The House speaker’s tenure has been a kaleidoscope of incompetence.
The clown car that has been Rep. Kevin McCarthy’s speakership spluttered to a halting start over 15 long ballots in January and hasn’t had a second of a smooth ride since. From botched committee hearings to failed subcommittees to intra-leadership disputes, the House speaker’s tenure has been a kaleidoscope of incompetence. But McCarthy’s latest stumble is the most important, as it concerns the entire U.S. economy.
Last week, McCarthy finally introduced his debt ceiling bill, which would raise the limit by $1.5 trillion until March 31, 2024 — that is, not even for one year. In return, McCarthy and his supporters want to cut nondefense spending to fiscal year 2022 levels across-the-board (thereby allowing Republicans to claim ignorance of specific reductions). The few details we do have are headache-inducing: a rollback of increased IRS funding (which raises the deficit), a cancellation of President Biden’s student debt forgiveness program and an imposition of work requirements for Medicaid and other aid programs — which are neither effective nor necessary. (Prime-age employment is at its highest level in more than 20 years.)
The problem here isn’t the bill itself — even though it has the absence of substance you’d expect from today’s GOP. The problem is that the basic elements of what’s being requested in the bill have been public knowledge for months, and yet McCarthy and his team have dawdled on bringing it to the floor. And even after all this time, McCarthy is, once again, struggling to find the 218 votes he needs to pass the proposal. “The whip count on this is not good,” one senior Republican told Axios on Thursday.
There is no excuse for such negligence. A recent report from Moody’s Analytics projects that a prolonged default would cause an economic downturn “comparable to that suffered during the global financial crisis,” costing more than 7 million jobs and destroying more than $10 trillion in household wealth. To procrastinate while faced with such a crisis is malpractice.
Worse, time is shorter than many realize. The day before McCarthy introduced his bill, Goldman Sachs economists echoed earlier warnings from Treasury Secretary Janet Yellen that default could occur as soon as the first half of June, due to “weak tax collections.” (And under McCarthy’s proposal, in less than a year, the country gets to do this all over again.)
Admittedly, McCarthy’s deficiencies didn’t have to be this consequential. Last fall, I argued that Democrats erred in not raising the debt limit while they still held both houses of Congress. But moderates thought there was plenty of time to work out a bipartisan deal, and the White House and congressional leadership was in no hurry to push them.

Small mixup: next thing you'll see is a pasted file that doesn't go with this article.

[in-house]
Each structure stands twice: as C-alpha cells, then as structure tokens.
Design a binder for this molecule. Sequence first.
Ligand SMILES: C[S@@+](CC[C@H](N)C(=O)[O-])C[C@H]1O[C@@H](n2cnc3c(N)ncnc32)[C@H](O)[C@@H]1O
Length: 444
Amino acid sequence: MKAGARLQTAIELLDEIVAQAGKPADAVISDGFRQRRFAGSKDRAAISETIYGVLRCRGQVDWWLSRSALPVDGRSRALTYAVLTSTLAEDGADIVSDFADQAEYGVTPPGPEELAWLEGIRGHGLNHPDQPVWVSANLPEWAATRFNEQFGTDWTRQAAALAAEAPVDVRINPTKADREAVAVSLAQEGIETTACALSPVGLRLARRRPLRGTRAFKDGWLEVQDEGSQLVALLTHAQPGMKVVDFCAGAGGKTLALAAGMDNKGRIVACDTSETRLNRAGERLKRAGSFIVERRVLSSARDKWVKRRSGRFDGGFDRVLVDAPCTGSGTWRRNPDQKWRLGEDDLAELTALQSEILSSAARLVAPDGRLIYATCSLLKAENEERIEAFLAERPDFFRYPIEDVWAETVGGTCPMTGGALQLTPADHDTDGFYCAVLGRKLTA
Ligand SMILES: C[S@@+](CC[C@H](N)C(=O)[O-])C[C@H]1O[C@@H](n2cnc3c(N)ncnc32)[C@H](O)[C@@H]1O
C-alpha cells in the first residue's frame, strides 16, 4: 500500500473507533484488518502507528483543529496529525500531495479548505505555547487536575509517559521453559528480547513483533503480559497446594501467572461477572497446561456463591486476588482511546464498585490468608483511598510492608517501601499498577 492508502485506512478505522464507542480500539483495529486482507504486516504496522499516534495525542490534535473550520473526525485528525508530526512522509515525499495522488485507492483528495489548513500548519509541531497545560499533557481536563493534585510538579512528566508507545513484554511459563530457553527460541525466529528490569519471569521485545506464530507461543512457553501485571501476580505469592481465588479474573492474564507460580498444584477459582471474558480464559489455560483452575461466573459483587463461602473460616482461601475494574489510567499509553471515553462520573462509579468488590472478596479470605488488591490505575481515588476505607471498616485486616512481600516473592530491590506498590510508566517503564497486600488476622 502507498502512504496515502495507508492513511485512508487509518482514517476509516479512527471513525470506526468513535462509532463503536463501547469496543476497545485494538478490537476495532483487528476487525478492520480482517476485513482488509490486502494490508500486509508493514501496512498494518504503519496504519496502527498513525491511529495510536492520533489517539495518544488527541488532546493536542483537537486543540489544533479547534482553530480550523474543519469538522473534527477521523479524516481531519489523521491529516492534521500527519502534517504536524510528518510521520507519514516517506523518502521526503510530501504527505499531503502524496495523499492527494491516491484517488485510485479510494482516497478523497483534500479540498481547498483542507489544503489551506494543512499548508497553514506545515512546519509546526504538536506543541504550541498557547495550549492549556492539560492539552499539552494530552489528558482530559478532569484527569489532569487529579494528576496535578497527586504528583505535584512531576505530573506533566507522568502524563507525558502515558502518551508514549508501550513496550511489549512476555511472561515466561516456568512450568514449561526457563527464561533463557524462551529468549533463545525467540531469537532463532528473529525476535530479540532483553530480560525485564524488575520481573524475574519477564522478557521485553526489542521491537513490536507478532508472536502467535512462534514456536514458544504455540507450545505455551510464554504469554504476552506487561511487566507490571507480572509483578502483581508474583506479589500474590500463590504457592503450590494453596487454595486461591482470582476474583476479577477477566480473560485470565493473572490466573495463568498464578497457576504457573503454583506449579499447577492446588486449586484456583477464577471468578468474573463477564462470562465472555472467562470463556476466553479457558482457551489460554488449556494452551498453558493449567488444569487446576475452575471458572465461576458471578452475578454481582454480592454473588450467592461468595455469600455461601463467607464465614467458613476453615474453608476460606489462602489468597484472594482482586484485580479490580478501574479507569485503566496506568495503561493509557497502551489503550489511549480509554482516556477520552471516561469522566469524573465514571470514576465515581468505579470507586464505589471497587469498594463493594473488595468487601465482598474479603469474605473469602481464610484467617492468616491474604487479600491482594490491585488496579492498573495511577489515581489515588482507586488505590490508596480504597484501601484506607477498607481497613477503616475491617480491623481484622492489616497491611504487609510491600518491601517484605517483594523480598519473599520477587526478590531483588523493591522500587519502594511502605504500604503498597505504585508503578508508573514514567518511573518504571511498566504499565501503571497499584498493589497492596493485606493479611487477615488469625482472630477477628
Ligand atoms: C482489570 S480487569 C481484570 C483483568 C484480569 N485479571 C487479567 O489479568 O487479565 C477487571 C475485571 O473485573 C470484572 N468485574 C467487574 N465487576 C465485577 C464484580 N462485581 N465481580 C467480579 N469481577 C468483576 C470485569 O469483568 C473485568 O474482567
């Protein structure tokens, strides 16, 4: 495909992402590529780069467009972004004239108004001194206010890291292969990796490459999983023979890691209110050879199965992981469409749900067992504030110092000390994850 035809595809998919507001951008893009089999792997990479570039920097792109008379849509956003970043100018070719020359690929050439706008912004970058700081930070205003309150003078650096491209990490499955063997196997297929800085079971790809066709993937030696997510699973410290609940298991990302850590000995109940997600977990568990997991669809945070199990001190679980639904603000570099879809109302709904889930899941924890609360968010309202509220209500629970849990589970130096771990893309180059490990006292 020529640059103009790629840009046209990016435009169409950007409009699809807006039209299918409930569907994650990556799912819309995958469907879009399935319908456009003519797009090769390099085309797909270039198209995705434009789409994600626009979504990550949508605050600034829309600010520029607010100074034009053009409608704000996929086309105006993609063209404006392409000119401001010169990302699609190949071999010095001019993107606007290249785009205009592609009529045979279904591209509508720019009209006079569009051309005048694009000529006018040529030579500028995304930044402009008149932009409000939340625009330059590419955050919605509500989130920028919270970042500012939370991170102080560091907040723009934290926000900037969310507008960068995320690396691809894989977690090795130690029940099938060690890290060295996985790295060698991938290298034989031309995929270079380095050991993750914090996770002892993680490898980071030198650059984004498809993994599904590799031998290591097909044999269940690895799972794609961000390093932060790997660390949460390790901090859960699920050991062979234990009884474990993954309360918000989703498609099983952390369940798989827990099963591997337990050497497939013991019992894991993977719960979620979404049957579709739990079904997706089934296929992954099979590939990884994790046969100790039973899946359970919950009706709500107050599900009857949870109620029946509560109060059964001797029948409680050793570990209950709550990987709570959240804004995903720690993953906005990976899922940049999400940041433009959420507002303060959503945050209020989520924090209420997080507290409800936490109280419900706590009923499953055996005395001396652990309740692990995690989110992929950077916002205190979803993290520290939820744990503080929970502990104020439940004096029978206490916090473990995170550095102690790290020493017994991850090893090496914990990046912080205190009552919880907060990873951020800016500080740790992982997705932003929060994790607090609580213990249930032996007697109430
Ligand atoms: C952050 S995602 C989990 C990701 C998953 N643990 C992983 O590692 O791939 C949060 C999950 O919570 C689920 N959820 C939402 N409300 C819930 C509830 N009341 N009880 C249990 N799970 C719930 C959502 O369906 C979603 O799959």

Months later, the only existing bipartisan alternative is a farce, a warmed-over one-page proposal from the Problem Solvers Caucus calling for a “fiscal commission.” If that sounds vaguely familiar, you might be thinking of the “supercommittee,” the 2011 special congressional committee to lower the national debt. Or you might be thinking of the 2010 Bowles-Simpson commission on deficit reduction. Both panels, as it happens, ended in failure — part of a larger series of debt ceiling and budget fights that lowered the U.S. government’s credit rating and raised its borrowing costs.
Now one of the bit players in those fights is House speaker. McCarthy’s failures in that office have been, like the rest of his career, largely inconsequential. But if the country is to raise the debt limit in an orderly fashion, then he must quickly find one of two qualities he’s never displayed before. Either he’ll need to put his country over his position and broker a bipartisan deal in the House before the Freedom Caucus inevitably replaces him. Or he’ll need to persuade a dozen or more Republicans, whose brand is just this side of “death to Democrats,” to hold hands with Biden.
The odds of the latter are slim to nonexistent; the odds of the former are simply nonexistent.
The safest road ahead for Democrats, then, is to lay the groundwork now for making McCarthy inconsequential in this crisis, too. Even assuming the president and the speaker do end up negotiating, there’s no reason to believe McCarthy can be trusted to negotiate in good faith when a few votes here or there could change his mind overnight. Nor is there any reason to believe, if he promises to deliver 218 votes, that he can do so in fewer than than 15 ballots.
Off-ramps remain, including invoking the 14th Amendment, minting a platinum coin, forcing a discharge petition through the House and issuing “premium bonds.” But these alternatives are untested. Whatever the chosen solution, Democrats can’t wait until the eve of default to prepare the public (especially in the case of the discharge petition, which needs at least 30 legislative days to proceed). They should emphasize that they have every intention of honoring our debts with any measures necessary. And they should remind voters that with a responsible, effective Republican leader, these measures wouldn’t be necessary.
But we don’t have leadership. We don’t have selflessness. We don’t have competence. We have Kevin McCarthy.
Source: Kevin McCarthy is steering a clown car right into a debt crisis (msnbc.com)